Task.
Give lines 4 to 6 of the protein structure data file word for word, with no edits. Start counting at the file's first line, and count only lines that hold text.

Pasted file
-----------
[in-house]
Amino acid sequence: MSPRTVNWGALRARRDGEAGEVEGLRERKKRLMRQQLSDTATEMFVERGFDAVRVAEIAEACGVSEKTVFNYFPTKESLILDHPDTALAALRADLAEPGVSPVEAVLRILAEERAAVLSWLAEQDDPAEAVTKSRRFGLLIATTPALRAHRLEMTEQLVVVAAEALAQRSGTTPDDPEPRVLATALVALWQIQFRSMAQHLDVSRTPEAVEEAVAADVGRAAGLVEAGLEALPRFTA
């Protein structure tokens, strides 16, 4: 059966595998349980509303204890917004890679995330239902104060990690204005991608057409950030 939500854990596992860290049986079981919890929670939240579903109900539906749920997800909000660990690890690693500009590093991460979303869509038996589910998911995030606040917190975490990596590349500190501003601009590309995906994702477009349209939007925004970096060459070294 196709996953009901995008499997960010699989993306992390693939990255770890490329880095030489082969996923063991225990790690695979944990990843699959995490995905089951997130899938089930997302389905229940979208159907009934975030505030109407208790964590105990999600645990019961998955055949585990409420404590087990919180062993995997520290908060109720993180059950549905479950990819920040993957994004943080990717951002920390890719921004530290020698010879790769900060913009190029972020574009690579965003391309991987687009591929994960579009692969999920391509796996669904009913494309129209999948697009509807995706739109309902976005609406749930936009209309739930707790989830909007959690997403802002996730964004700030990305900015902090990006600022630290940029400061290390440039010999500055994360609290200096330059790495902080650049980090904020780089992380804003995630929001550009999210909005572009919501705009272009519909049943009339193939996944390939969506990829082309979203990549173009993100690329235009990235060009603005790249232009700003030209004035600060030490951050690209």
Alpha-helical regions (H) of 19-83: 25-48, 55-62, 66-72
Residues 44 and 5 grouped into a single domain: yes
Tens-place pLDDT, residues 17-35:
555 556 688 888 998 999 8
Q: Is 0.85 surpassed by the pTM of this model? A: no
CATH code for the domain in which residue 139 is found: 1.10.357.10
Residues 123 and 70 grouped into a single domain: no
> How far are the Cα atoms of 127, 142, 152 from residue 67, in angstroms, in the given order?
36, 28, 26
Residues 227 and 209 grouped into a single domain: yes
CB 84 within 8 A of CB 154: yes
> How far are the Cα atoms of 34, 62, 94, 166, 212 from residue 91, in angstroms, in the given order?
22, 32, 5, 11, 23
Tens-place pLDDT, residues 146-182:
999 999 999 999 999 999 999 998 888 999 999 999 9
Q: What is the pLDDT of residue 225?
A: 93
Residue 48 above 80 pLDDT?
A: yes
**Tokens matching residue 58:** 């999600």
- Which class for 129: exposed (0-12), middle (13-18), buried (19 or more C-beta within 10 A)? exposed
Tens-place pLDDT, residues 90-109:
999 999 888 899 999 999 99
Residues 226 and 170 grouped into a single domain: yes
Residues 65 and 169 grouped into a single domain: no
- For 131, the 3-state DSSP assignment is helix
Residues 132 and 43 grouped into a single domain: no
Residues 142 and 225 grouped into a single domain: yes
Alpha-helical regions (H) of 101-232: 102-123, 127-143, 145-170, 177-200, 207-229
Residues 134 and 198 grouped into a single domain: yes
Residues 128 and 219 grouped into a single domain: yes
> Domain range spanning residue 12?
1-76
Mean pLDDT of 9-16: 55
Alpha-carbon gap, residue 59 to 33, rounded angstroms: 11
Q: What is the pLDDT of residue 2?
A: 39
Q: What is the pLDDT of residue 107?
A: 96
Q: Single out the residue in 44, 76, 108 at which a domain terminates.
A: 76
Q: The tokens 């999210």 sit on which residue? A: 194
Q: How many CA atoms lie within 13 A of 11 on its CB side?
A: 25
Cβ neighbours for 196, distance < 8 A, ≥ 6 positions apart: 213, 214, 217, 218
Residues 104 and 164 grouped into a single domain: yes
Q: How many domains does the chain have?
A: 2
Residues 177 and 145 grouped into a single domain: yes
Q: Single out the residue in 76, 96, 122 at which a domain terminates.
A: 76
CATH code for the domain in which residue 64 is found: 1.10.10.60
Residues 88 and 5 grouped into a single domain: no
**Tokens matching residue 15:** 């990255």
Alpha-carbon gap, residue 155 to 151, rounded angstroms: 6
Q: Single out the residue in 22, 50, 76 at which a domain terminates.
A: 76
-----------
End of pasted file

Alpha-helical regions (H) of 19-83: 25-48, 55-62, 66-72
Residues 44 and 5 grouped into a single domain: yes
Tens-place pLDDT, residues 17-35: